Friday, February 2, 2018


Another ship of the Spliethoff fleet made a short visit to Halifax today. The purpose was to unload a new Rubber Tired Gantry (RTG) for the South End container terminal operated by Halterm. The first of three new units, high enough service five high x six wide container stacks was unloaded using a shoreside mobile crane at pier 37. That is the area recently cleared by the demolition of three old container cranes.

The new RTG (numbered 76, and built by Konecranes) was soon being tested and may be in service virtually immediately. It has several features, including active load control and pre-programmed drive path, that will allow Halterm to increase its storage capacity by up to 40% according to publicity material from Konecranes.

Today's weather precluded any decent photos of the unloading operation, and only the following photo of the ship as it sailed.

Spliethoff ships are each named  "...gracht", after one of the many grachten or canals of Amsterdam. In the case of the Schippersgracht it is named for a canal where many ships's captains (schippers) once lived . It is a very short (only 100 meters long) but busy gracht - at least on the day that I visited in 2006.

To reach the schippersgract, vessels come from the River Ij into the Oosterdok, past the Amsterdam Maritime History Museum.


The replica Eastindiaman Amsterdam lies at the Marine History Museum as the tug En Avant 13 nudges the crane scow Cor toward the Schippersgracht. A number of heritage tugs and other craft line the bank in the left background.

A bridge (the Kortjewandtsbrug) carrying the busy four lane Hendrikkade opens to allow vessels to enter the Skippersgracht itself. In typical Dutch fashion, the bridge master arrived by bicycle and entered the black tower on the right to operate the bridge.


 The oddly named Flying Enterprise, a glass topped canal tour boat (not the famous Isbrantsen ship of the 1950s) passes into the Schippersgracht. I hope tourists do not expect a 90 degree list and a sea rescue as part of their trip. The many bridges do not normally open for these low slung craft.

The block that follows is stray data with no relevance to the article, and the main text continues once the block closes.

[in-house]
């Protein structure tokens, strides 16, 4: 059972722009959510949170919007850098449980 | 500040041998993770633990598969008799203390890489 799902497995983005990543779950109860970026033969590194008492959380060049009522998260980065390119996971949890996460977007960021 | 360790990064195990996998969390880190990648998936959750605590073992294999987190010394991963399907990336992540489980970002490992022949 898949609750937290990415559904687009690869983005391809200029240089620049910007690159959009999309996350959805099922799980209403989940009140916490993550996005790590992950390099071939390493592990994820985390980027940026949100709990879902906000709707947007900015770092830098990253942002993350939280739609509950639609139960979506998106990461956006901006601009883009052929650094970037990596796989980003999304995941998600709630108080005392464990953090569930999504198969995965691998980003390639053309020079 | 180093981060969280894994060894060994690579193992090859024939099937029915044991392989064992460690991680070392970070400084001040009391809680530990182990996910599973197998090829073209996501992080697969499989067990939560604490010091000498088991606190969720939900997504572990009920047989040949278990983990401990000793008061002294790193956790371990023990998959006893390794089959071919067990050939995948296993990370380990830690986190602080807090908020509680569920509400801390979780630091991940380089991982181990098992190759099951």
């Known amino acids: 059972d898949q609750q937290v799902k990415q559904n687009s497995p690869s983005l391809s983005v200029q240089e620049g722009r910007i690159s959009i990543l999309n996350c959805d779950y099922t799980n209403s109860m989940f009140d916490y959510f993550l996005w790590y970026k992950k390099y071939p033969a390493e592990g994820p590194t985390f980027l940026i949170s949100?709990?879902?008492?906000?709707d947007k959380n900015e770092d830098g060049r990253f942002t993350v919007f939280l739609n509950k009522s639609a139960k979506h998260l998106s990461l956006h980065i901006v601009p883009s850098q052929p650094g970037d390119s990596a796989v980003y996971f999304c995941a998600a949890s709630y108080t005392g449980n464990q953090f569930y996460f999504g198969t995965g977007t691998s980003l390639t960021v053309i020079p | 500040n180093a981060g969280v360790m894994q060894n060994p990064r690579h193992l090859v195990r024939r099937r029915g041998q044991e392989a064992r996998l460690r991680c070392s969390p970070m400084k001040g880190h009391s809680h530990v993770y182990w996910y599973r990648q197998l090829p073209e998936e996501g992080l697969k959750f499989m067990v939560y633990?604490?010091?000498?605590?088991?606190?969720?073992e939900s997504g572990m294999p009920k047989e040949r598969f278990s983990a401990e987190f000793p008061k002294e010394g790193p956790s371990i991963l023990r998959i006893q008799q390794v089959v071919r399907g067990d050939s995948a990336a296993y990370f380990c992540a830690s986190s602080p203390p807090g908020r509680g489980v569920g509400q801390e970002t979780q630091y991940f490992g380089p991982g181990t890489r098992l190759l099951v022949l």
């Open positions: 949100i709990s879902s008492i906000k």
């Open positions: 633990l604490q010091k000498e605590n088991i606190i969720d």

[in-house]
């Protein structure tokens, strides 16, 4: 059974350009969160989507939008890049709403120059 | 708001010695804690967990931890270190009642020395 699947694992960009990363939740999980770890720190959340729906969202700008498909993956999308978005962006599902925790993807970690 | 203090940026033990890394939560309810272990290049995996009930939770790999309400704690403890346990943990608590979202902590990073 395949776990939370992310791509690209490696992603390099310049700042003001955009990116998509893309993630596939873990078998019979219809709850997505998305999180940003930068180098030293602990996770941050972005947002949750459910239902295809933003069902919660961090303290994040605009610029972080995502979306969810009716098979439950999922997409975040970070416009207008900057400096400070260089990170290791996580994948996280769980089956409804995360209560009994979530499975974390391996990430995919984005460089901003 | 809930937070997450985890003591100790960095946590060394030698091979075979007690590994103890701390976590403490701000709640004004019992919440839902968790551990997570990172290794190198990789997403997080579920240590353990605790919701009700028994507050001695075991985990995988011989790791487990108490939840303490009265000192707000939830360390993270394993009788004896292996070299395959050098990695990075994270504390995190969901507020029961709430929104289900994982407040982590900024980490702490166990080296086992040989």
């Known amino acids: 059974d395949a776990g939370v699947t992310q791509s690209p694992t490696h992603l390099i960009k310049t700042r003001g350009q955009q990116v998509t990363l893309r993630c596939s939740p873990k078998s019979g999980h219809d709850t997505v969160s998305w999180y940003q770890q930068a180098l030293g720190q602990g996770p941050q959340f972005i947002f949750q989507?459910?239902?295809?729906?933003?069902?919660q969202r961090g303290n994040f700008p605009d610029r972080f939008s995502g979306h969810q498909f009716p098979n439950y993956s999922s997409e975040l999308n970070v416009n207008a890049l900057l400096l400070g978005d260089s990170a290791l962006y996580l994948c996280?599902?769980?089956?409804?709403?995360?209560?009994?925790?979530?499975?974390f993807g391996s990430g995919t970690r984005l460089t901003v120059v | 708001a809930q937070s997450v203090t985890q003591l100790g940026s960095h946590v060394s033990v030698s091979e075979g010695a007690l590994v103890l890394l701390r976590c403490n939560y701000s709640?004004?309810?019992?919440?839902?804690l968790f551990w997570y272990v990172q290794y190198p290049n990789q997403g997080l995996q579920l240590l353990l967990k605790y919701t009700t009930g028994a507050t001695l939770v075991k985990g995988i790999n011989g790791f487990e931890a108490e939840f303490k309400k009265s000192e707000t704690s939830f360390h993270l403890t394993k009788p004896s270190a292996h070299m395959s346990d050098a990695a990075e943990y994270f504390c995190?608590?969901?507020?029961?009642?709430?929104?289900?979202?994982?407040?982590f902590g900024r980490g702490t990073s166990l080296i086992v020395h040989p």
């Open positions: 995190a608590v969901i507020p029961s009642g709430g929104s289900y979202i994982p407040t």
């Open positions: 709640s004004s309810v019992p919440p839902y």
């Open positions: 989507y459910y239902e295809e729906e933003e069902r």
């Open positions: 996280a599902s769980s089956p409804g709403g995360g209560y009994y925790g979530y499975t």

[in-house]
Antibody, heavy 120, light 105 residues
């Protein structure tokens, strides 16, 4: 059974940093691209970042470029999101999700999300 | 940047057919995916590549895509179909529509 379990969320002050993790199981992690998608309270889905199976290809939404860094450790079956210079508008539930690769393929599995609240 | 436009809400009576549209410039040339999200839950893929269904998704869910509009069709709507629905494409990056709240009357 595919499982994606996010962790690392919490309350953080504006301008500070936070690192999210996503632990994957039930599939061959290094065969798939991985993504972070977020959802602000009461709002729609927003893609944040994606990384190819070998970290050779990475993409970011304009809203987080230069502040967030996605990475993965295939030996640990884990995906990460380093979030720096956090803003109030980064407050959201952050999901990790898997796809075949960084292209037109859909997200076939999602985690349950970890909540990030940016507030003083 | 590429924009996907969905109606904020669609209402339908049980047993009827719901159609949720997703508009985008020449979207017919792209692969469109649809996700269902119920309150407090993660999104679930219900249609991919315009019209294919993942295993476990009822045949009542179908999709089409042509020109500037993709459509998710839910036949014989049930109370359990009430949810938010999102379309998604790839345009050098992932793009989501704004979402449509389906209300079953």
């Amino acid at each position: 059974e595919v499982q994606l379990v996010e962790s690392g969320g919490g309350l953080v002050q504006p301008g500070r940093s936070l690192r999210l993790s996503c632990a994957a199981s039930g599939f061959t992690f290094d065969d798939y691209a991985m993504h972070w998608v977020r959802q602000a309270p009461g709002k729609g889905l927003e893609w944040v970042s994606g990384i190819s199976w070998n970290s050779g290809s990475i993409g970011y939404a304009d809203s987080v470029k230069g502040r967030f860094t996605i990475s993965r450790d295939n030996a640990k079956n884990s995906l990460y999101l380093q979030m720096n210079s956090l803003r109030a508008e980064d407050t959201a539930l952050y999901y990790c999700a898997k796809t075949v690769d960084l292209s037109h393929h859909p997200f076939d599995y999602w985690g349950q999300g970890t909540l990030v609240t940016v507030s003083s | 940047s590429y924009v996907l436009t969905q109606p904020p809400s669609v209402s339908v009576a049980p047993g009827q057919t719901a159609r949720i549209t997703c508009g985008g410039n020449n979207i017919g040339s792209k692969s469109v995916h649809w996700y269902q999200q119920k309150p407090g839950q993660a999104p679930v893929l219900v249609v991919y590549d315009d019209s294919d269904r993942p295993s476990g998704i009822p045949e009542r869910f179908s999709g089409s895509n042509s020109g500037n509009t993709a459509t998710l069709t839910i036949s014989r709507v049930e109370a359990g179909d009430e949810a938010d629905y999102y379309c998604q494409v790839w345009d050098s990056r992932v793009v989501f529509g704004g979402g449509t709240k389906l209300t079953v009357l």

A classic canal tour boat (regrettably nameless) heads outbound...

  ...but eases over to allow a canaller to clear the bridge.

Schippersgracht is also the name of the street on the northwest side of the canal (on the left) , that contains many heritage buildings. The new building in the left background  is the city's Architecture and Urban Design exhibition centre called Arcam.

Once in the canal it is hardly any distance at all before the quaint  bridge of the Kadijksplein, called the  Scharrebiersluis (which normally would mean lock) opens to allow access to the Rapenburgerschut Lock (sluis 110) measuring 72m x 8.76m.

St.Johannesga (ex U-Tunnel) squeezes into the lock with a load of high grade sand.

Only the lock gate at the south end (out of sight) operates, giving access to the Nieuwe Herengracht. With the bridge closed pedestrian and vehicle traffic resumed.
Once through the Schippersgracht vessels reach the Nieuwe Herengracht linking to the scores of other canals that form arcs and radii around Amsterdam, much like a maze. Standardization of bridge clearances and lock sizes allows for many classes of vessels to use the canal system and it is still a primary source of commercial transport within the old city, where roads are often to narrow for trucks.

Not among those vessels is the Schippersgracht itself - it is too large to fit into its gracht namesake.


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